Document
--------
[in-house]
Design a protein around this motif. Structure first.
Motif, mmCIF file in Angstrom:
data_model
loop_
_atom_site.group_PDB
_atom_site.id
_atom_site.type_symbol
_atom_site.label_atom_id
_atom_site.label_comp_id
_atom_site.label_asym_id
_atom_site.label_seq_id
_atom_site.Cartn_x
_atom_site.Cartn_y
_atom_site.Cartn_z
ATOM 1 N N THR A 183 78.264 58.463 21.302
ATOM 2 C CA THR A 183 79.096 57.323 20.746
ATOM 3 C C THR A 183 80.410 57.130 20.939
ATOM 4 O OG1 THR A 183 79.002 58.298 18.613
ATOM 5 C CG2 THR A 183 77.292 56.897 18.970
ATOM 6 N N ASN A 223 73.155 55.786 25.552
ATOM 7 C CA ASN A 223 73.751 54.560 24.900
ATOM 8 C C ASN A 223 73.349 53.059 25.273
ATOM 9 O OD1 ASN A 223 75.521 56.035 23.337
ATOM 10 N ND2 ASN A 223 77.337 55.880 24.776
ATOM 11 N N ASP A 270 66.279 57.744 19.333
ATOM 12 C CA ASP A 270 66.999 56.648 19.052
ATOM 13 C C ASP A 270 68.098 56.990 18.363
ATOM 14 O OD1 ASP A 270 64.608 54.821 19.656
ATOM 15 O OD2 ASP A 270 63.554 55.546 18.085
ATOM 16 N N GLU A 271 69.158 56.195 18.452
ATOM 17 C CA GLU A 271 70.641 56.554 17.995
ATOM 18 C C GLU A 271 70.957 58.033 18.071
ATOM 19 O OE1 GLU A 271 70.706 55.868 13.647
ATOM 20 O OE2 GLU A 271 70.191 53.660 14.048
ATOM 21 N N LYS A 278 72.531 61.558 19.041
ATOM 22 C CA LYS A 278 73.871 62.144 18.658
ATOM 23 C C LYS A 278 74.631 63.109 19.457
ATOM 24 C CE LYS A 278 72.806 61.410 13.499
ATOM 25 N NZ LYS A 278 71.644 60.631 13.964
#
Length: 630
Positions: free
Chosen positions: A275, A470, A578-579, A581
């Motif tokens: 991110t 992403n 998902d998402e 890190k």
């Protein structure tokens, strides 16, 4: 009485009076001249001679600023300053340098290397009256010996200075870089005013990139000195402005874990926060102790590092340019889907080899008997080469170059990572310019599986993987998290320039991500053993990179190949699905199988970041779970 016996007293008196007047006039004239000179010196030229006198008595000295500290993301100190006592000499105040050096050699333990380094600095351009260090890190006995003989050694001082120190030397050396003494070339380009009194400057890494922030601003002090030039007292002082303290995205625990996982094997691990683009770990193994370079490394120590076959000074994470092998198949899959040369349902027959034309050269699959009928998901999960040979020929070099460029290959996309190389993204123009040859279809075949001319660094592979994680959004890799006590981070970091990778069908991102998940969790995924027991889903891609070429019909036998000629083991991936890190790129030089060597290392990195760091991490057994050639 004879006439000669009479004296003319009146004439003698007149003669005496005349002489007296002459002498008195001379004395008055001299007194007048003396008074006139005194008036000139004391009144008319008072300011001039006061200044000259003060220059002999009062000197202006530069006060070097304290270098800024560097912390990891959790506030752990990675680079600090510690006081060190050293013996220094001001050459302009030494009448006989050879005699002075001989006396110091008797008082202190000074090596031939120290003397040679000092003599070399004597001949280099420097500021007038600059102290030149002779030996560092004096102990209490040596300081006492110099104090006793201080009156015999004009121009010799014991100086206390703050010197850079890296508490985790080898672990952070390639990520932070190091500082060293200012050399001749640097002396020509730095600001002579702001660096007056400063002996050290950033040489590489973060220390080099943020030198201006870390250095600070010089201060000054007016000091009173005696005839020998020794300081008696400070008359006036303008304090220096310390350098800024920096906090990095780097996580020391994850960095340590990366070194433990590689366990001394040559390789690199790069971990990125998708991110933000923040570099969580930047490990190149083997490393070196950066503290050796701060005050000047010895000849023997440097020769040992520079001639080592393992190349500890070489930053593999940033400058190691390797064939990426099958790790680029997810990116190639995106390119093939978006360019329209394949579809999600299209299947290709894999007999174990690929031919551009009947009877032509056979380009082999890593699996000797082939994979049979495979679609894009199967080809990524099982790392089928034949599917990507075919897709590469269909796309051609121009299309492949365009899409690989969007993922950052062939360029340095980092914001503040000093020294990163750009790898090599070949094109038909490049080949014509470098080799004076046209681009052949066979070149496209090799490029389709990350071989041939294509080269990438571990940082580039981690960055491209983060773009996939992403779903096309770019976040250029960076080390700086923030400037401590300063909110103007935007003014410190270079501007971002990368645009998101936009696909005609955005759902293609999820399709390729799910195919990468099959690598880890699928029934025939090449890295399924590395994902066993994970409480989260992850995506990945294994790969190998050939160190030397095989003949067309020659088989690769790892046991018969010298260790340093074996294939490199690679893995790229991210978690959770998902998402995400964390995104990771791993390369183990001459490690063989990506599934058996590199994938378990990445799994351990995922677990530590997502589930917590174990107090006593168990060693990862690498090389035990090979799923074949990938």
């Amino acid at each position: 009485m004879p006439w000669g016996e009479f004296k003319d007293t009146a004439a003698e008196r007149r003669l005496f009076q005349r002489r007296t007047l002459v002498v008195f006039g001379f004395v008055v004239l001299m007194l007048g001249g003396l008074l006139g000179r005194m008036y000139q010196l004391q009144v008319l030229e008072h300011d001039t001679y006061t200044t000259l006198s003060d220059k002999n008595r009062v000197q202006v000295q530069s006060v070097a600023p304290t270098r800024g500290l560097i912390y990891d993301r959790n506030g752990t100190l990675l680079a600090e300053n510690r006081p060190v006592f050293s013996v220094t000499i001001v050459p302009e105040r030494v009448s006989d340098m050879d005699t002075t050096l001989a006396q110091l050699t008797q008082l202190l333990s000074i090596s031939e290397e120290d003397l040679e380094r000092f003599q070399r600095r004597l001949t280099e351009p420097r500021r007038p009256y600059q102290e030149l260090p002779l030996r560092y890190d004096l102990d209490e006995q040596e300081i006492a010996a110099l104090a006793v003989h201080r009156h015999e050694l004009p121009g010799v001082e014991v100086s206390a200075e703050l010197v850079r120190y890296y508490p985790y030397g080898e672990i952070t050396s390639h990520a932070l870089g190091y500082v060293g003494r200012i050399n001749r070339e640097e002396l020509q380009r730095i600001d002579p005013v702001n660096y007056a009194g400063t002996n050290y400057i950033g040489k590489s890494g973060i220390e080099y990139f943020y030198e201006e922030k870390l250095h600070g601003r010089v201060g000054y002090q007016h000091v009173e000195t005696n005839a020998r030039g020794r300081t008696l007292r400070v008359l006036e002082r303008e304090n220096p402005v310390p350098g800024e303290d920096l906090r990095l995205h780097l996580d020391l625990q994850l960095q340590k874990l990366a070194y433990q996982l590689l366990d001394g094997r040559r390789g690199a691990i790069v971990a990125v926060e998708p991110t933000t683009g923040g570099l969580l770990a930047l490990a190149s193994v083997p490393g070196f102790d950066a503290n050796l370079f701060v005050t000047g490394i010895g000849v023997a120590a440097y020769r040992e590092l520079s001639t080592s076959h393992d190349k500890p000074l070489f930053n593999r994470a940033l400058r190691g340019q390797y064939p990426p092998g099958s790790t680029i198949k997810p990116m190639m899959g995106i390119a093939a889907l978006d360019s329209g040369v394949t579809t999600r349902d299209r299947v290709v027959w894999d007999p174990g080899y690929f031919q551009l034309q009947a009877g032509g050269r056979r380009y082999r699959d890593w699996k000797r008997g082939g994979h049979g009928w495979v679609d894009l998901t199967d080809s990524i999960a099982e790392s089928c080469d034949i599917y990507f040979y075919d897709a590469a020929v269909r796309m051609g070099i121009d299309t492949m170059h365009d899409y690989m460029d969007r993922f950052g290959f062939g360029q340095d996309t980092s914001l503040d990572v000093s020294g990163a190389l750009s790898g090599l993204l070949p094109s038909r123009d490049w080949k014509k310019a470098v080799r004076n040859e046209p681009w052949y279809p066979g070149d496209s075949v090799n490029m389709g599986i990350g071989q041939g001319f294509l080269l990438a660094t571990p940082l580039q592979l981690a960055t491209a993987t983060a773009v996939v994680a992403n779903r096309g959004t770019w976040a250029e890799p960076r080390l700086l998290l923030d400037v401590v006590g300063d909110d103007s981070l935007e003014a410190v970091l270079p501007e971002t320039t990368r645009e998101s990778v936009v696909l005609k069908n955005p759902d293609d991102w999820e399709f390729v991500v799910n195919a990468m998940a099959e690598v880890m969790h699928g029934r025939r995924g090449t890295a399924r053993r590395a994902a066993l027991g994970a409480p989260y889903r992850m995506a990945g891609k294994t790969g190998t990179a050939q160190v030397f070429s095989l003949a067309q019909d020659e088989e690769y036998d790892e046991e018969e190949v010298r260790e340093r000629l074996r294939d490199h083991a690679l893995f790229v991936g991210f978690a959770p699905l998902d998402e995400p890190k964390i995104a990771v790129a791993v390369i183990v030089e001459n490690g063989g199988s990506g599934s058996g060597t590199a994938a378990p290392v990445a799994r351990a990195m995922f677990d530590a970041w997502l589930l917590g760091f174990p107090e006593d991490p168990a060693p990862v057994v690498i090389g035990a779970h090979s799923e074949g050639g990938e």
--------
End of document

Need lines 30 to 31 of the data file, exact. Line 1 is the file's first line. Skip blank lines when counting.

ATOM 15 O OD2 ASP A 270 63.554 55.546 18.085
ATOM 16 N N GLU A 271 69.158 56.195 18.452